We mentor married couples because we believe in marriage. As leaders for our church campus Marriage Ministry, we are always looking for new ways to encourage our couples to keep trying. I was recently reading about how to turn bad days into useful information and had an ‘ah-ha’ moment. Out of that moment comes 5 reasons to stick it out when your marriage is on the rocks, based on the Science of Change and confirmed by Scripture.
Rahm Emanuel once said, “You never want a serious crisis to go to waste.” One of the most earth-shattering crises is a marriage on the rocks. We personally have mentored two couples who ended their marriages in divorce. This is so discouraging. One of the couples was only married for 2 years and had a baby. We’ve found that sometimes a person who is just contemplating divorce will begin to attend Divorce Recovery, without even trying counseling or Marriage Mentoring!
So how do we convince couples to use their marriage crisis to it’s fullest advantage? The Science of Change is a great place to start. The Science of Change describes what scientists know about how the brain handles change. We might be trying a new diet, new exercise regime, or a new way of communicating with our spouse. Our brains react in pretty much the same way regardless of what type of change we are experiencing.
The Science of Change acknowledges there is an up and down to change. It isn’t the triumphs that teach us, it’s the flops. They know it’s the mess-ups that will enable us to achieve, once we embrace them and learn from them. Dr. Daniel Amen says, “We have to turn bad days into useful information.”
Here are 5 reasons to stick it out when your marriage is on the rocks, based on the Science of Change and confirmed by Scripture.
ONE: Everyone Fails
We are all on a level playing field, none of us is perfect. Without sounding like Eeyore, having realistic expectations for marriage is important. Our pre-marriage mentors always try to share this with our engaged couples. Most of them are in la-la land and see only through rose colored glasses. Marriage is not always easy, for several reasons:
- We bring baggage into our marriages from our past.
- We have different personalities and genders.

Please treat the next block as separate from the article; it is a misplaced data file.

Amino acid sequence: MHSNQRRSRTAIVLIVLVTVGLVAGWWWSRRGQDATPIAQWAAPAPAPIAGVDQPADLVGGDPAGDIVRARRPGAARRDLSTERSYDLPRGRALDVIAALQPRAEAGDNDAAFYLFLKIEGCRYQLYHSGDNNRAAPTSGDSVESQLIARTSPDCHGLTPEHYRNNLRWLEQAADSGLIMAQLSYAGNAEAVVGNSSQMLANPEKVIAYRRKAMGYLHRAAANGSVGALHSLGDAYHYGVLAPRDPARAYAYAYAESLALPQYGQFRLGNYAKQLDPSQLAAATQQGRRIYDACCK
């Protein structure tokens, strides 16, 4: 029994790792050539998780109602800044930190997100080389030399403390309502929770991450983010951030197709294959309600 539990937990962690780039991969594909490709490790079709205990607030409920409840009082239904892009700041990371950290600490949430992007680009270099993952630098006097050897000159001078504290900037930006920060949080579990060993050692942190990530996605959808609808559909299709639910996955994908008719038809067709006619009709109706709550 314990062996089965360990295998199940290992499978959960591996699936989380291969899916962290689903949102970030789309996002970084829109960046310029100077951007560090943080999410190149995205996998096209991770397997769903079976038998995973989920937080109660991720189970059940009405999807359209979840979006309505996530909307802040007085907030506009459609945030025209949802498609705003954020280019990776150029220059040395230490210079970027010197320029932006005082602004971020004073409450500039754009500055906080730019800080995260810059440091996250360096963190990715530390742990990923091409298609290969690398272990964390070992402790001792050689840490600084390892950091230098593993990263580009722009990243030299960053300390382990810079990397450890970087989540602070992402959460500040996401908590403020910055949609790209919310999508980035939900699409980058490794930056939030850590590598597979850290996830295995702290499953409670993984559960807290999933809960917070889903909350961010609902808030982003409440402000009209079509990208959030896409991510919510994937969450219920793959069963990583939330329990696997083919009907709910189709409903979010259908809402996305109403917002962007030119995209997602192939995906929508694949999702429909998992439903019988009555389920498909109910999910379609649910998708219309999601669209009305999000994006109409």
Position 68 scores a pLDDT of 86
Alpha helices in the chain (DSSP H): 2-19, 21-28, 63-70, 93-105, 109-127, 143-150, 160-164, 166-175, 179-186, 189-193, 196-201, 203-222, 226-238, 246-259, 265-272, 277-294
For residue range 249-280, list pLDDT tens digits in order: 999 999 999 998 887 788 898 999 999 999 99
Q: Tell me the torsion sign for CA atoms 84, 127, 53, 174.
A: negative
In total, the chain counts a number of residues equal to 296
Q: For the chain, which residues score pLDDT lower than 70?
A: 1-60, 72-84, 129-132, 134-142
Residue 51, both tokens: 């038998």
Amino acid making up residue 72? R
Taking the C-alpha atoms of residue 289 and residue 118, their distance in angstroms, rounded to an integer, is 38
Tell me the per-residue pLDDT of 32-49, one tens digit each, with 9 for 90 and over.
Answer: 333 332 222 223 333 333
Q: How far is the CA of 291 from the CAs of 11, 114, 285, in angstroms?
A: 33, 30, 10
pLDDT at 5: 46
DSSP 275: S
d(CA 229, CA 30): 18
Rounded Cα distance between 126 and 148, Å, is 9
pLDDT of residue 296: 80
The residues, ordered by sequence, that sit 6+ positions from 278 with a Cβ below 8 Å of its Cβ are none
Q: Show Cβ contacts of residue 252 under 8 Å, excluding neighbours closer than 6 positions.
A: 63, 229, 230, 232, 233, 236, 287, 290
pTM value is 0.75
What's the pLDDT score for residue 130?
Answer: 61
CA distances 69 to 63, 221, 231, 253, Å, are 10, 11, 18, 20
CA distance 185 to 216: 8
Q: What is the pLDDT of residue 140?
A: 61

- We change over time. The person you married is going to change as the years go by, and so are you!
- Life is difficult. When difficulties come we begin to see our relationship wasn’t so great after all. It’s easy to get along when things are going well.
Basically, the main reason we fail at times in our marriage is that we are all selfish. “There is no difference between Jew and Gentile, for all have sinned and fall short of the glory of God” (Romans 3:22b-23).
TWO: Failure is the Best Teacher
In marriage, failure can be our best teacher. A crisis is a time to take stock and ask how have I contributed to this mess? It’s a wake-up call bringing us to our senses and inspiring us to do something before the marriage ends.
We often hear from couples in crisis looking for marriage mentoring. One of the first things we do is set them up for the Prepare-Enrich marriage assessment. The comprehensive report gives us a lot of data about their strengths and growth areas. This is often a wake-up call for couples. For those who are humble enough to admit their part in the crisis, healing takes place with some dedication to work it out.
Statistics prove that couples who struggle and choose to stick it out are out of the water within 5 years. They look back and are so grateful they did stick it out. When we jump too quickly to divorce we miss an opportunity to grow and strengthen our marriages. We also lose the opportunity to teach our children something about sticking it out in any life situation. The well-known 50% divorce rate is really the rate for first marriages. Second marriages have a divorce rate of 64% and third marriages, 73%. If problems are not solved in the first marriage, it’s not likely they will do any better the next time.
Scripture agrees that failure is the best teacher: “Consider it pure joy, my brothers and sisters, whenever you face trials of many kinds, because you know that the testing of your faith produces perseverance. Let perseverance finish its work so that you may be mature and complete, not lacking anything” (James 1:2-4).